On Wednesday the 27th of May the Queen’s Speech officially welcomed the Conservative party into power and outlined to the Houses of Parliament, as well as the UK as a whole, exactly what her government intends to do over the next term. For the first time in its history, the Queen’s Speech referred to ‘cyber-security’ and how data collection rules will be amended by David Cameron to modernise how we deal with communications data.
The Draft Communications Data Bill comprises of a number of features geared towards protection against terrorist and cyber-attacks, by closely monitoring interaction online. One of the key changes will be that security forces will now be able to monitor email and internet connections. They will be restricted from viewing the content of the emails that they source, but are able to identify who is being contacted, how often there is contact and for how long. They can also be given access to browsing history.
The Draft Communications Data Bill will come under the Investigatory Powers Bill, the way in which the government proposes to modernise the laws already in place. What this bill enables is intelligence agencies to receive new tools that can target data, in an attempt to secure the safety of those being monitored. It is this grey area that has bought about debate, as to whether we are being protected or scrutinised.
Ultimately what the government has is access as and when requested to the communications data of its people. UK based ISP’s will be forced to retain data up to 12 months in an attempt to combat threats. It has inevitably been tagged as the ‘Snooper’s Charter’ by critics, who believe that it undermines the civil liberties of the country in an almost Orwellian fashion.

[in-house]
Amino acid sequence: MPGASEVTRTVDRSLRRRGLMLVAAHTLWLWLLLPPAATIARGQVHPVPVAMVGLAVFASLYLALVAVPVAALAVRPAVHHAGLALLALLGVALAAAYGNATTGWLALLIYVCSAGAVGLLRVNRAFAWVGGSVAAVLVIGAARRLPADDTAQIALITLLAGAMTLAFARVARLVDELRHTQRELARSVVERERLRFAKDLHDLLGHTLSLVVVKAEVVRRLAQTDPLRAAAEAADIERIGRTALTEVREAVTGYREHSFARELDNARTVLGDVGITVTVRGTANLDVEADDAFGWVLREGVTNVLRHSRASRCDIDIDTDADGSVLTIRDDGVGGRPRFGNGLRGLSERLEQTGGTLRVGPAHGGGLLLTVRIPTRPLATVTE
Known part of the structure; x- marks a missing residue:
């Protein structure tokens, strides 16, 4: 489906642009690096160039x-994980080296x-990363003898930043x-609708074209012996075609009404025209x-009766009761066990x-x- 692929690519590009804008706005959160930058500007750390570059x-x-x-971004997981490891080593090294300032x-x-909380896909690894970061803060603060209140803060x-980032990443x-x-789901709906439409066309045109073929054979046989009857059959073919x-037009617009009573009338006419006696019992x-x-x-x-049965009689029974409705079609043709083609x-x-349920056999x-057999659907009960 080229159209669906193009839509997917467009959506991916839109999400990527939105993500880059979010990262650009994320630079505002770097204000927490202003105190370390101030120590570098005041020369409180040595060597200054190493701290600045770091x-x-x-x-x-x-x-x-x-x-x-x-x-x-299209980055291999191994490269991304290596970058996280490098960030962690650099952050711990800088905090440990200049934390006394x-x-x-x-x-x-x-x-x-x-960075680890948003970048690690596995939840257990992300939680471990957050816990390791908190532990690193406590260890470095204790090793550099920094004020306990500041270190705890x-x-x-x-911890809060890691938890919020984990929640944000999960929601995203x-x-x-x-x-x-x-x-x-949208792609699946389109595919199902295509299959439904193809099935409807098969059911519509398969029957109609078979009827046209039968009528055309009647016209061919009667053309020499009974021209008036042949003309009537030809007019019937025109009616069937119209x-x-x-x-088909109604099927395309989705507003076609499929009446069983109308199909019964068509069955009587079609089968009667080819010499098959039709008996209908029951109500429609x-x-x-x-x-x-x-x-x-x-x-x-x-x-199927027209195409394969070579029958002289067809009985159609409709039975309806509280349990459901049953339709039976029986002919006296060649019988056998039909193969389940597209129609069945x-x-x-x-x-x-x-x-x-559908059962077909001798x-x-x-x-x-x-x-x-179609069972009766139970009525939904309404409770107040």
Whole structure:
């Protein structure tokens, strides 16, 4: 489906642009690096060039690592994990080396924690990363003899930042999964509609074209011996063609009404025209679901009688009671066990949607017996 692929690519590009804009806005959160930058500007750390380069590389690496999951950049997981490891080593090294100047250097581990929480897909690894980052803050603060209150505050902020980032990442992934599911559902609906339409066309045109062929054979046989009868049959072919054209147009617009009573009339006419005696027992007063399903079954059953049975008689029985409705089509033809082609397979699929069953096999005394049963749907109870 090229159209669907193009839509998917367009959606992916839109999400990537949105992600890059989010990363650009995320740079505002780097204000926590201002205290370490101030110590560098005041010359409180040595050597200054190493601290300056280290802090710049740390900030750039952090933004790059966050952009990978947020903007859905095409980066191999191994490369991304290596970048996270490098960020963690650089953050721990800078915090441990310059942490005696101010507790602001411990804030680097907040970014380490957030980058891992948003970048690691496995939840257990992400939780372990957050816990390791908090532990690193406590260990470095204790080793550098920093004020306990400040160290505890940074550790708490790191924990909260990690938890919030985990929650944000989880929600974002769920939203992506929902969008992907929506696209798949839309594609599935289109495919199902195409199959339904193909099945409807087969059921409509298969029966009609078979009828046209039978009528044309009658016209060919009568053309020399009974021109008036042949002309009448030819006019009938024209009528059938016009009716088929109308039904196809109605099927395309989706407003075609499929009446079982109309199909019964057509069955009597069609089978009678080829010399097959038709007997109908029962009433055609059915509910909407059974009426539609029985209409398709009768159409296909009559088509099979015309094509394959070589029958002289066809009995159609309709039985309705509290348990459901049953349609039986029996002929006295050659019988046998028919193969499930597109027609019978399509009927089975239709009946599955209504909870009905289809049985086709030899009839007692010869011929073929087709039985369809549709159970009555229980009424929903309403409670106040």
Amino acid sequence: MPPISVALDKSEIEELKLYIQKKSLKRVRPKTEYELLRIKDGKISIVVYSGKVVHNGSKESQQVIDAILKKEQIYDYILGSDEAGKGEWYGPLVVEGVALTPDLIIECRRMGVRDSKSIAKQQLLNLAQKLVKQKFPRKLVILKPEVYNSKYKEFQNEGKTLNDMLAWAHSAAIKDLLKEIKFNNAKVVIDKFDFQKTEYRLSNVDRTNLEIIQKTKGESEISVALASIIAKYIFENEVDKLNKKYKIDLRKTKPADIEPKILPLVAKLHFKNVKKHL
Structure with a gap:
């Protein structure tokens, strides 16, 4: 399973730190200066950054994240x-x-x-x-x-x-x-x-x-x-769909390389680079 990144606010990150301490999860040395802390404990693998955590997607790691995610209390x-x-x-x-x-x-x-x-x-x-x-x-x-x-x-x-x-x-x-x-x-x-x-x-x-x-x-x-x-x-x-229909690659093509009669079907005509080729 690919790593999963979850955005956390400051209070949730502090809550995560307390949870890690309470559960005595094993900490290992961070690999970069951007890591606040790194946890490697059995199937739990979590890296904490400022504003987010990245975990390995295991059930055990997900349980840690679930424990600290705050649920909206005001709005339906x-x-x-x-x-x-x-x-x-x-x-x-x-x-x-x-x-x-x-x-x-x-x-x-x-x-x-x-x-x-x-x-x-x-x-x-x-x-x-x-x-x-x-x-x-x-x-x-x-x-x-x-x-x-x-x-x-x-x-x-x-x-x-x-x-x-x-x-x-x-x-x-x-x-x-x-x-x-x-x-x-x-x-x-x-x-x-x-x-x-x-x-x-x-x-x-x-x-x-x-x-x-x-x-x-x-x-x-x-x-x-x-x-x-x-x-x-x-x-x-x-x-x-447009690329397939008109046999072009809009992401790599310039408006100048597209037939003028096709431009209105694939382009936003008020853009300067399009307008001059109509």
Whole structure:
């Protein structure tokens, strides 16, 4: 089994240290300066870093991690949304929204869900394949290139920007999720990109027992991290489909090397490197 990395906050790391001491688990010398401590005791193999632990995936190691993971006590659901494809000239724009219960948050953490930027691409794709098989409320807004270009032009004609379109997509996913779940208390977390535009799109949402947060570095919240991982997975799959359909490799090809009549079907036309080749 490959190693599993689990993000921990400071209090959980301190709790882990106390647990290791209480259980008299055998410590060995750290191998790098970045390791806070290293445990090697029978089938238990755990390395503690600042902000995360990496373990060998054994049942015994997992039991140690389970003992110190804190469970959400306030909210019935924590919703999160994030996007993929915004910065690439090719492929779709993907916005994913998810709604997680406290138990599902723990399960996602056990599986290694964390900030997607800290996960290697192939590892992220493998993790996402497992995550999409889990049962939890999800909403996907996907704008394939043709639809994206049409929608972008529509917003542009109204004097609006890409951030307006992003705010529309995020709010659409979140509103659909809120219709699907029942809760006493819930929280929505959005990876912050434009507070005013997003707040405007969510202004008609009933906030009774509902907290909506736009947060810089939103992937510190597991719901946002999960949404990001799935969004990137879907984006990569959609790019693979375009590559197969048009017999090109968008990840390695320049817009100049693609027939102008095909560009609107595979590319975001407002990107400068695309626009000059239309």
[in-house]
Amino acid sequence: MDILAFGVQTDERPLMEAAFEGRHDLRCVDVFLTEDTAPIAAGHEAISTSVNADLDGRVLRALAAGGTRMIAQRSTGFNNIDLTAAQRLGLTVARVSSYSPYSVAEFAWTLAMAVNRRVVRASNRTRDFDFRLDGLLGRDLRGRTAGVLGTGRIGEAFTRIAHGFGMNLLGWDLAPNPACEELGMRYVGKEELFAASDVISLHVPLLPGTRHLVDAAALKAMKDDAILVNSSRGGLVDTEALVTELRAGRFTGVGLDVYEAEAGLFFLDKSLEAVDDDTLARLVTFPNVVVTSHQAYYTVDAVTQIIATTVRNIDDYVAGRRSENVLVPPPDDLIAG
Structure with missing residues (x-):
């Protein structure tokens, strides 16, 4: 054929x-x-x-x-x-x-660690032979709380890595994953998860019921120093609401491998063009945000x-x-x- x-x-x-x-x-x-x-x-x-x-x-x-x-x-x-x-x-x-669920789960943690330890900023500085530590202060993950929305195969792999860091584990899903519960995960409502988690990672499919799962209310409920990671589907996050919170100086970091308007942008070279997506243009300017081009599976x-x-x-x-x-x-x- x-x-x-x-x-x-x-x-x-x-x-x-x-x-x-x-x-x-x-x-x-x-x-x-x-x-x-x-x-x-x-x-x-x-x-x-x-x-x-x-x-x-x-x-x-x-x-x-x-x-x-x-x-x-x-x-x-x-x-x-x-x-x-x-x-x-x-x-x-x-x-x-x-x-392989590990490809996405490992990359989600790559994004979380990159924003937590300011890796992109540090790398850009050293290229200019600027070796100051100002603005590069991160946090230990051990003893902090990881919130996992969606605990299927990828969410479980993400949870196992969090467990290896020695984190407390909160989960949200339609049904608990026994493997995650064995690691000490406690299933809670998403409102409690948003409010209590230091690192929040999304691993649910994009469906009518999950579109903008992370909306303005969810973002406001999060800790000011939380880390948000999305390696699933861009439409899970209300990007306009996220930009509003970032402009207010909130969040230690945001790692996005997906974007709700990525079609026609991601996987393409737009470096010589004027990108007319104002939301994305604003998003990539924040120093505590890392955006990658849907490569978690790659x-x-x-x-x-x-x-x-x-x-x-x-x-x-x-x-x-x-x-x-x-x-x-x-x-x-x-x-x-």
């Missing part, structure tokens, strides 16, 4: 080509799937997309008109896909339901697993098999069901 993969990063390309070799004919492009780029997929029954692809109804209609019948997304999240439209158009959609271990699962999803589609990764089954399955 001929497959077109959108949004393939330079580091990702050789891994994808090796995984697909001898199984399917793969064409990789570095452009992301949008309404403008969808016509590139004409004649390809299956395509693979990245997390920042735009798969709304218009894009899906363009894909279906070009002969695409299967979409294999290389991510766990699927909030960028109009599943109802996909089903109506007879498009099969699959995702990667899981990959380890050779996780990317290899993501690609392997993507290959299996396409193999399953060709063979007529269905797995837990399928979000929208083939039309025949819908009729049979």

Security vs Privacy
So are measures such as these essential or intrusive? After the horrific event of the Charlie Hebdo attack we looked in detail at how new internet surveillance measures could affect business in France. With strict online surveillance laws in place were we protecting people against the internet or controlling them through it?
For the positive side, tighter measures are a step towards finding people intent on doing harm and stopping them. If you take the proposals at face value then keeping Britain safe and those on the front line against terrorism free from danger is the ultimate goal. As it stands police and intelligence agencies do struggle to bridge the gap necessary to fully take on cyber terrorists, something these measures would be used to confront.
There are of course negatives too. Although some dangerous people may be found, the serious terrorists may actually be driven further underground to the ‘dark side’ of the internet when threatened. With monitoring so widely publicised, terrorists will dive deeper and deeper into the network, making it difficult to pinpoint individuals in the face of mass communication data.
Poor handling of the monitoring is another factor. By mentioning ‘bombs’ or ‘hijacking’ in a private message to a friend will I then be tagged as a threat? Could the wealth of information collected be compromised by the very people we are trying to monitor, meaning UK citizens are sacrificing their privacy only to see the information collected fall into the hands of the ‘enemy’? Lastly is abuse of power. Can we trust the government not to use the stored data for commercial benefit? There are a number of ways this could be done, so should we worry?
Whether called The Draft Communications Data Bill, The Investigatory Powers Bill or the ‘Snooper’s Charter’, there is a lot of questions that surround the proposed legislation in the Queen’s Speech. What the law changes mean is heightened security, with intelligence forces given the power to track and monitor potential threats. What it also means is another hit to privacy for UK citizens. A fair trade? We’ll let you decide.